An attempt by German Academia to provide outreach to moderate Muslims may have significantly backfired, with its leading light becoming an apostate.  Muhammed Sven Kalish has written a paper asserting that the prophet Mohammed never existed at all, and that Islam started as a Christian heresy.  Needless to say, the same people who threatened death on editorial cartoonists merely for depicting Mohammed are not pleased:

Muhammad Sven Kalisch, a Muslim convert and Germany’s first professor of Islamic theology, fasts during the Muslim holy month, doesn’t like to shake hands with Muslim women and has spent years studying Islamic scripture. Islam, he says, guides his life.

So it came as something of a surprise when Prof. Kalisch announced the fruit of his theological research. His conclusion: The Prophet Muhammad probably never existed.

Muslims, not surprisingly, are outraged. Even Danish cartoonists who triggered global protests a couple of years ago didn’t portray the Prophet as fictional. German police, worried about a violent backlash, told the professor to move his religious-studies center to more-secure premises.

“We had no idea he would have ideas like this,” says Thomas Bauer, a fellow academic at Münster University who sat on a committee that appointed Prof. Kalisch. “I’m a more orthodox Muslim than he is, and I’m not a Muslim.”

Of course, Christians and Jews have dealt with critical research for many years on the historical accuracy of their scriptures.  Claims that Jesus, Moses, and David didn’t exist have been made, debunked, and made yet again so often that they no longer make news any more.  Christians and Jews express annoyance at times with these claims, but they don’t react to them with violence and rage.

Neither should Muslims, Kalisch says, and the reluctance to even offer such a hypothetical amounts to bigotry:

Most Western scientists turn down such an hypotheses out of respect for Islam or because they are afraid of the reactions of their Muslim friends or because they think it is speculative nonsense.

The word “respect” sounds wonderful but it is completely inappropriate here because one really refers to the opposite. Whoever thinks that Muslims can’t deal with facts puts Muslims on the same level as small children who can’t think and decide for themselves and whose illusions of Santa Claus or the Easter Bunny one doesn’t want to destroy.

Whoever really bases his thoughts on the equality of all human beings must expect the same intellectual performance. Really treating Muslims with respect would imply that they are strong enough to deal with their religion on the basis of our modern level of knowledge. “Islamophobes” think we Muslims are barbarians, the “kind-hearted” take us for “noble savages”… The result is the same: Muslims are seen as different from the rest of the world — they either belong in a “petting zoo” or in cages for wild animals, but by all means they belong in a zoo.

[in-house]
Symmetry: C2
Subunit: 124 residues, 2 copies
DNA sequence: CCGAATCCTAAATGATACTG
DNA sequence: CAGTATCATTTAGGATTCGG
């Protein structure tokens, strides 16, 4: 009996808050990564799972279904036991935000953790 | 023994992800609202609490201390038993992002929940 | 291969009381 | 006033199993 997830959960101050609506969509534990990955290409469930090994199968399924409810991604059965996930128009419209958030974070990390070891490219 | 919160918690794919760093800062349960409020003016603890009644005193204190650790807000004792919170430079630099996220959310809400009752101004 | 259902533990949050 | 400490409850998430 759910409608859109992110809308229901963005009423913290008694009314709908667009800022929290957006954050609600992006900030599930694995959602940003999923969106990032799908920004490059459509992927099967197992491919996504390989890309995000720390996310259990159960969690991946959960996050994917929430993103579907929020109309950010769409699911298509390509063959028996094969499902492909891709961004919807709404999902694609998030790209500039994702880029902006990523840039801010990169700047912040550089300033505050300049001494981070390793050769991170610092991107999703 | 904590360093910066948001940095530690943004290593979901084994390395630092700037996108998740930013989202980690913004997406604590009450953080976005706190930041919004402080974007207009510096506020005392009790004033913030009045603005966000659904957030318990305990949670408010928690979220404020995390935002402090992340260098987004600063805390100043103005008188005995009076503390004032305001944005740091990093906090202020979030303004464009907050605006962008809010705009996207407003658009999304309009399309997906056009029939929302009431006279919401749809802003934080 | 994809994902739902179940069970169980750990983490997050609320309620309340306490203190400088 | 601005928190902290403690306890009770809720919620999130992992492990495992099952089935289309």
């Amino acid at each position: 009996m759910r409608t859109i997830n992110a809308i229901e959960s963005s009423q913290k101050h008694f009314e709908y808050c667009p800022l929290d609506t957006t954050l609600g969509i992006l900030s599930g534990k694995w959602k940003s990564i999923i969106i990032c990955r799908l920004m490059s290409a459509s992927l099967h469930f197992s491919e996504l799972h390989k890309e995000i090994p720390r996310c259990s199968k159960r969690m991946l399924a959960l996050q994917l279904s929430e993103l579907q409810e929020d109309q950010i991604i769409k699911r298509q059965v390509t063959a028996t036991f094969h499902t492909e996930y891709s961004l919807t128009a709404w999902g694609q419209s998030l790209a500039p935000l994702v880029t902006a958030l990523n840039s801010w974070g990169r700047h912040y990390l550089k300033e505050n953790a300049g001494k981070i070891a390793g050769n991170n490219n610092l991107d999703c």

I agree with Kalisch’s response, but I think he misplaces the blame.  Western intellectuals have this reaction because of the massive rage that comes not just from a few nutcases but millions of Muslims when the Koran or the Hadiths receive any sort of critical scrutiny at all.  The Prophet Cartoon outrage was particularly instructive, as the resultant demonstrations had millions of participants worldwide calling for death to the editorial cartoonists — and they just drew pictures of Mohammed.  It’s that predictable rage that makes Western academics place Muslims in general in the category of ill-tempered children.

However, I’d take his hypothesis with a large, Lot’s wife-sized grain of salt.  Modern academics show little respect to the value of oral traditions in these revisionist theories.  It’s certainly possible that Mohammed never existed, but it strikes me as extremely unlikely.  Just because his story didn’t get written in a traditional paper medium during his life doesn’t make him a fable.  It could certainly impact the veracity of his quotes and the stories told in the Koran, but his existence?  Especially given the disputes over his succession that broke out after his death — all of which have fairly clear records and resulted in the Sunni-Shi’ite split within a generation or two — I’d call Kalisch’s theory a long shot.

Nevertheless, it’s precisely this kind of critical thinking that Islam requires to bring it into modernity and toleration.  Unfortunately, it’s also this kind of critical thinking that provokes the most reactionary behavior, which them shuts down critical thinking.  This will be a long process indeed, one I’m certain Germany’s academics had no intention of starting with such a controversial launch.